In a few weeks, I will be departing for the southern United States for nearly 2 months to become an Advanced Certified RV Technician.
It’s not every day an Engineer leaves his Ivory Tower, padded office chair and ergonomic mouse to become a blue-collar fix-it man. So what gives? Am I undergoing a masculine midlife crisis, or is there something deeper at work?
Now, I have never referenced my personal-professional life on this blog, and I don’t intend to start now (also why I write under a pseudonym). But if you’ve read my About Me page, here’s what I’ve written about the RV industry:
“The industry suffers from lackluster reliability of the supply chain, a chaotic distributed warranty system, insufficient dealer technical training, and a race for the lowest price.
“Now … I work with (and for) some excellent companies that couldn’t be more honest, hardworking, and customer-centric.
“But when the bulk of the industry is controlled by a dozen companies, progress remains slow. We’re toddlers, not sprinters.
“And ultimately, it’s the customers who pay.”
Over the past two years of growing this blog, I’ve had the privilege of speaking with a lot of my Readers. Most of you are (rightfully) frustrated with the RV industry, and many of you are further frustrated with the RV itself. Why do tires blow out, water lines freeze, door hinges droop, windows sweat, mattresses mold, sealants peel, batteries die, sewer slinkies stink, walls delaminate, and roofs leak? Why can your house endure for centuries and your car trundle along for 200,000 miles with minimal maintenance, but your RV can’t make it to Grandma’s and back without blowing a fuse?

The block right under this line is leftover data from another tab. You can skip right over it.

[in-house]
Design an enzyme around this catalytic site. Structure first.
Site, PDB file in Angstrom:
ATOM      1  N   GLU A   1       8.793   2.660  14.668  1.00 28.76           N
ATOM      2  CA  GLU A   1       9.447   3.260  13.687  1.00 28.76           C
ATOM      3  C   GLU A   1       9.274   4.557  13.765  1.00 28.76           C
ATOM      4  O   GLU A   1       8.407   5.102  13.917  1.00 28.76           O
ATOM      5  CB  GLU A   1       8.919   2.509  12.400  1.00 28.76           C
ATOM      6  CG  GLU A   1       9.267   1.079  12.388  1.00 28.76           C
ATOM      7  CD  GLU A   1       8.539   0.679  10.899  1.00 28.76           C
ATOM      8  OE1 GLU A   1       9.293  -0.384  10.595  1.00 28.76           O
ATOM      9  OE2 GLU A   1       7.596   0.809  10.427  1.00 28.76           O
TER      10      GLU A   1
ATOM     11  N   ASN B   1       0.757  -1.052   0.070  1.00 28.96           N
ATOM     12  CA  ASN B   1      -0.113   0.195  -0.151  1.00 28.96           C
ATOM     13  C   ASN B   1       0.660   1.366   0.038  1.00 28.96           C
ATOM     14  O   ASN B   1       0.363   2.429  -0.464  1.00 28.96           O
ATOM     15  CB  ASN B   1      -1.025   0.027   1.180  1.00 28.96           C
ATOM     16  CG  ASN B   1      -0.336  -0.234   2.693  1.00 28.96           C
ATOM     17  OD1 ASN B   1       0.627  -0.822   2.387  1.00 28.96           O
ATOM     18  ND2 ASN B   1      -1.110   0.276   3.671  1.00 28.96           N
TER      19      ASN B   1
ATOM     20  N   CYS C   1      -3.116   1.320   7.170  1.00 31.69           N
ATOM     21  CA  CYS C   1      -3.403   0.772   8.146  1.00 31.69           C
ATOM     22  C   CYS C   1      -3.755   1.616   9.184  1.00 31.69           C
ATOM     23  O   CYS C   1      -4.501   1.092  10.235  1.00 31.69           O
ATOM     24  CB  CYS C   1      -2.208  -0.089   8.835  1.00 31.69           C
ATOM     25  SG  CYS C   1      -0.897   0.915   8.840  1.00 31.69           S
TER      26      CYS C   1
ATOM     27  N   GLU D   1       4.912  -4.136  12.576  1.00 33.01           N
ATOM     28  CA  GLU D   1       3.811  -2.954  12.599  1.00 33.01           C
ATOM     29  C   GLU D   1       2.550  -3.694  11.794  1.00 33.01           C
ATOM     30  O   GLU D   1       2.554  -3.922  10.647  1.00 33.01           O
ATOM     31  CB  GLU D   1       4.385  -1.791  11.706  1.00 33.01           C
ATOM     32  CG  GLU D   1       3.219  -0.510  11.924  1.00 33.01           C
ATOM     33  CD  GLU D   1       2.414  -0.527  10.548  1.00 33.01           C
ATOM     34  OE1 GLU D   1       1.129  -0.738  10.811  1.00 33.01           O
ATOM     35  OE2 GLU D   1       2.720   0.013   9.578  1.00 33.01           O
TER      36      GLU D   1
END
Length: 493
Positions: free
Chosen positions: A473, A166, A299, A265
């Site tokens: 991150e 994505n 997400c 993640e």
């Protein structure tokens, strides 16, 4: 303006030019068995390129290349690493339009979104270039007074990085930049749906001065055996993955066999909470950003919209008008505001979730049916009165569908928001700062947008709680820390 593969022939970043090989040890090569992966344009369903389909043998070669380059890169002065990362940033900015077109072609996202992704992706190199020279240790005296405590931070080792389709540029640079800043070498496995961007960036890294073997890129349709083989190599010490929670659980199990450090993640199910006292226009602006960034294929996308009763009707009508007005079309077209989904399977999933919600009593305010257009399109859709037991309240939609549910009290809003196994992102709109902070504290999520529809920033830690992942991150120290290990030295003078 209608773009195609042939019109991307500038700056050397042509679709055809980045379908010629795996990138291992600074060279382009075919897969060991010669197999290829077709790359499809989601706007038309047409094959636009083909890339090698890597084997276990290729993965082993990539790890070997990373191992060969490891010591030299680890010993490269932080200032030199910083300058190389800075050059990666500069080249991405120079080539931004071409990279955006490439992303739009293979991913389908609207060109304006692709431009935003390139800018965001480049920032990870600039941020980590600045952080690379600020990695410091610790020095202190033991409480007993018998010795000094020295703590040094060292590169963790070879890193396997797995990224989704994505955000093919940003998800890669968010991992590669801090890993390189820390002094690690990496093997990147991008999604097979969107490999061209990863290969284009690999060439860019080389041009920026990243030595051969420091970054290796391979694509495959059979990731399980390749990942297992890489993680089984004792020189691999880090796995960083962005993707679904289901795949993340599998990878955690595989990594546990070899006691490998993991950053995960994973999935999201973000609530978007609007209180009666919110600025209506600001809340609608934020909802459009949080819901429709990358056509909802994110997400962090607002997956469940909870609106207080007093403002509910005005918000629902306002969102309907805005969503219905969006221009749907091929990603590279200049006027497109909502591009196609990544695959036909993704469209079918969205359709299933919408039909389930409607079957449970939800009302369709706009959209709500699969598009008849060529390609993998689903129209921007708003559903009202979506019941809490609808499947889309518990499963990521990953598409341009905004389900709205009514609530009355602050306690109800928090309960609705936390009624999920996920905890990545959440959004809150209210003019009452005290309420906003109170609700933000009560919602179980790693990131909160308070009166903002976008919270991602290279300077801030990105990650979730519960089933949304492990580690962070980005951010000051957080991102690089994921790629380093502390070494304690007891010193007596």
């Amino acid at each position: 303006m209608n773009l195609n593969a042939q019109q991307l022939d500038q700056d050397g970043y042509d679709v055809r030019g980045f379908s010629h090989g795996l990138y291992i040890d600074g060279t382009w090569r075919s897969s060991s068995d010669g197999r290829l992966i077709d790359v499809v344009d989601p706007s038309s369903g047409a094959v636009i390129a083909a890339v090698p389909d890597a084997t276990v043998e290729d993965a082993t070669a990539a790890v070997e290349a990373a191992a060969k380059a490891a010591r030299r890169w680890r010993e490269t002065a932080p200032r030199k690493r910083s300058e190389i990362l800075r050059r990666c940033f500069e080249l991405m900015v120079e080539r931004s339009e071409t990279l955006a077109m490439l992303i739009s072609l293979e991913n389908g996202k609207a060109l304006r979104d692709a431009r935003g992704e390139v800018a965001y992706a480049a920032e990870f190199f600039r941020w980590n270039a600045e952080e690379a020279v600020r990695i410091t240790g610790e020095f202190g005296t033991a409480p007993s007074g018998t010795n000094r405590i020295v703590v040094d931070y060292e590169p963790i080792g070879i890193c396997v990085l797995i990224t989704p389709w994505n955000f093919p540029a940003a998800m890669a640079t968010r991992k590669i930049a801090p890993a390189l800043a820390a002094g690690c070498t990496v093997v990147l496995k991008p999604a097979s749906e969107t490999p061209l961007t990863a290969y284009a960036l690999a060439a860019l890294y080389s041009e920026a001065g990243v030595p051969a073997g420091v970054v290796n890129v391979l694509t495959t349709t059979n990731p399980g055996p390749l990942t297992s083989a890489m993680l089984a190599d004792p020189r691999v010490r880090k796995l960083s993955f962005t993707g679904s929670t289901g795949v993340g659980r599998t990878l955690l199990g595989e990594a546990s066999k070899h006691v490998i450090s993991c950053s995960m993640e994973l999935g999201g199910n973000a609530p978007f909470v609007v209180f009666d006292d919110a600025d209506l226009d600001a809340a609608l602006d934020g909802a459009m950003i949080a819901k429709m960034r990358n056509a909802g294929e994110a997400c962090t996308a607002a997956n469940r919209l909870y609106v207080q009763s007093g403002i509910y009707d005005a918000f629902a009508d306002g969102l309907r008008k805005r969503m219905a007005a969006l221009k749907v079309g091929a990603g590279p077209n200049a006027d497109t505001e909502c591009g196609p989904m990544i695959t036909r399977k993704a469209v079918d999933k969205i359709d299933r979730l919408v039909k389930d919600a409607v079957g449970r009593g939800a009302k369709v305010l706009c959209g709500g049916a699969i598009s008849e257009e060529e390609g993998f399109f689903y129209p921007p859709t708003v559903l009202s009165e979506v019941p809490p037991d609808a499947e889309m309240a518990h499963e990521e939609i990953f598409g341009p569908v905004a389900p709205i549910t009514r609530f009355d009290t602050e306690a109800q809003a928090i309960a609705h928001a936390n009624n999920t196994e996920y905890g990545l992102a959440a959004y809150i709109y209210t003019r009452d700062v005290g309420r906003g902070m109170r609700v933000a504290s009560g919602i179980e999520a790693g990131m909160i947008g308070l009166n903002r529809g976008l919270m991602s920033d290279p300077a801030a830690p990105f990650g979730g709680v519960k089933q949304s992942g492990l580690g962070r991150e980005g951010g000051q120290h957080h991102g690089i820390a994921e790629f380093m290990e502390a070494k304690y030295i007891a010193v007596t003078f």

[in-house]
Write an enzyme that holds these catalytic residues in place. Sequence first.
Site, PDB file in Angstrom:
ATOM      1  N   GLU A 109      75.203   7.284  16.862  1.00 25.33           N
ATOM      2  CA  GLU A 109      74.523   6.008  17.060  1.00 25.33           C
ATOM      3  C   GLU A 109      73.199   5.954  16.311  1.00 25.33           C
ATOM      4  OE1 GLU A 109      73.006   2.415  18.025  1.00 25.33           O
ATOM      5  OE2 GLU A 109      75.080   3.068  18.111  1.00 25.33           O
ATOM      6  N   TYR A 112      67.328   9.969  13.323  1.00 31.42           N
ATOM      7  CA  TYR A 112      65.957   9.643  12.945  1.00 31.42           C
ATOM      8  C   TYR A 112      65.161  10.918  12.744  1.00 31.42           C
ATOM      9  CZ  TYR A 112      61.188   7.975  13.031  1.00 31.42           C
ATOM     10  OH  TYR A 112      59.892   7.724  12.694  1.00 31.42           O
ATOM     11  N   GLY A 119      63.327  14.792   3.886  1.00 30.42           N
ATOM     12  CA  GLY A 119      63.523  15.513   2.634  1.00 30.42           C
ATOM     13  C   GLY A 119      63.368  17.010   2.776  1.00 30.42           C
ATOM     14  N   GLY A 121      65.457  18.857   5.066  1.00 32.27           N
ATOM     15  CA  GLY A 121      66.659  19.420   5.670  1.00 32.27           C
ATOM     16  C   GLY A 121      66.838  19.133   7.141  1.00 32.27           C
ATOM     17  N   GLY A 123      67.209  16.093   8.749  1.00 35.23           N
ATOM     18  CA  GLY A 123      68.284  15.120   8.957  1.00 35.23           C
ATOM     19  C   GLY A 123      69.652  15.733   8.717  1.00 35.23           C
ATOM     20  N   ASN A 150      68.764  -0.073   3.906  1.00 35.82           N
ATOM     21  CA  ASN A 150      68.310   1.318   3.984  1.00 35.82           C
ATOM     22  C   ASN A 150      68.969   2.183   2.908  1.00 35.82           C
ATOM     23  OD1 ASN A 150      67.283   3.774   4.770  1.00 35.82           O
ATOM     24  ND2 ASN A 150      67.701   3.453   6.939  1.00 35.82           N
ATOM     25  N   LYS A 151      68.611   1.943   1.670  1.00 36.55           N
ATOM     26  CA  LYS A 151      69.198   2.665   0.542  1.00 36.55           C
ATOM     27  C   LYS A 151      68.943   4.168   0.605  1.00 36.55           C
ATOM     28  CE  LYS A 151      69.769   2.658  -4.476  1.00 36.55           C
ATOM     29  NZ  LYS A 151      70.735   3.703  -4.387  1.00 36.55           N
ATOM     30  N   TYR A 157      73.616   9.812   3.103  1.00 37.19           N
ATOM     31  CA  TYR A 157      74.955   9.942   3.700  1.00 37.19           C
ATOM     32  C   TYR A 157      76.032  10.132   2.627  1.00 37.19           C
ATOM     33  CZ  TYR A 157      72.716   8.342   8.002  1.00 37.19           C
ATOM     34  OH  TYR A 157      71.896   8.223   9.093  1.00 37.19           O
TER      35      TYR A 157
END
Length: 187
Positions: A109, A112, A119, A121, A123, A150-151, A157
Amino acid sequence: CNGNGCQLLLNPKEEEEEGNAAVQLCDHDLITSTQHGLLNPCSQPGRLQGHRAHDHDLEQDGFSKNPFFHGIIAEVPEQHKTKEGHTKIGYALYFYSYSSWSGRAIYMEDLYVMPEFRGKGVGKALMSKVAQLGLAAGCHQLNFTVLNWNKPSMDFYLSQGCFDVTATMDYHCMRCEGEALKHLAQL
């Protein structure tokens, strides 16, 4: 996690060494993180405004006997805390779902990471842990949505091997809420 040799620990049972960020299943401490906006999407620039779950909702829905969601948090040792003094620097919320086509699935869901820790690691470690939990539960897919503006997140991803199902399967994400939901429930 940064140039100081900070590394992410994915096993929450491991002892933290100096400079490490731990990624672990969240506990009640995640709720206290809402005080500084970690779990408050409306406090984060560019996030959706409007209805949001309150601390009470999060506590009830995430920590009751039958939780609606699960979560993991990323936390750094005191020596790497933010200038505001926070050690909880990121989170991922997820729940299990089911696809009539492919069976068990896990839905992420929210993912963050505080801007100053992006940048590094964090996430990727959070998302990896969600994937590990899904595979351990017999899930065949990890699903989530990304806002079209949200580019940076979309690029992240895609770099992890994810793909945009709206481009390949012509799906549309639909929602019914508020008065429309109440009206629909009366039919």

Let me be the first to say: We can do better. Yes, I know the RV industry faces unique challenges. But I don’t doubt for a second that we – the OEMs and suppliers and dealers – can raise the bar. We can do better!
… I can do better.
Hence, my departure for the Land of Sun. I’m going to the other side of the tracks. There’s no better way for me to become a better RV design engineer than to fix other engineers’ mistakes, is there?
Plus, as a design engineer, there are certain practical holes in my knowledge I’d like to fill. For instance, I know very little about awnings. I’d like to learn more. I know a lot about tires and axles; not so much about hydraulic leveling systems. While I am a camper trailer owner myself, I’ve never owned a 40-ft 5th wheel. And you can only learn so much from factory tours, campgrounds and RV shows, after all.
How long will I remain an RV Technician? I have no idea – between 1 and 5 years? I’m excited about the opportunity. And even though I will be leaving my job as a lead design engineer employed by an RV manufacturer, I will still call myself “The RV Engineer” because the “The RV Engineer-Turned-Temporary-RV-Technician” lacks a certain panache, doesn’t it?
Most importantly (I flatter myself), this blog isn’t going anywhere. I will continue to post content and grow this free resource. I welcome you to join me on this new chapter of AskTheRVEngineer.com. I’m excited to share my newfound knowledge with you. You’re the reason I have a job (past and future). Thanks for reading!
Continue to The RV Engineer Goes to RV Tech School (Part 2)!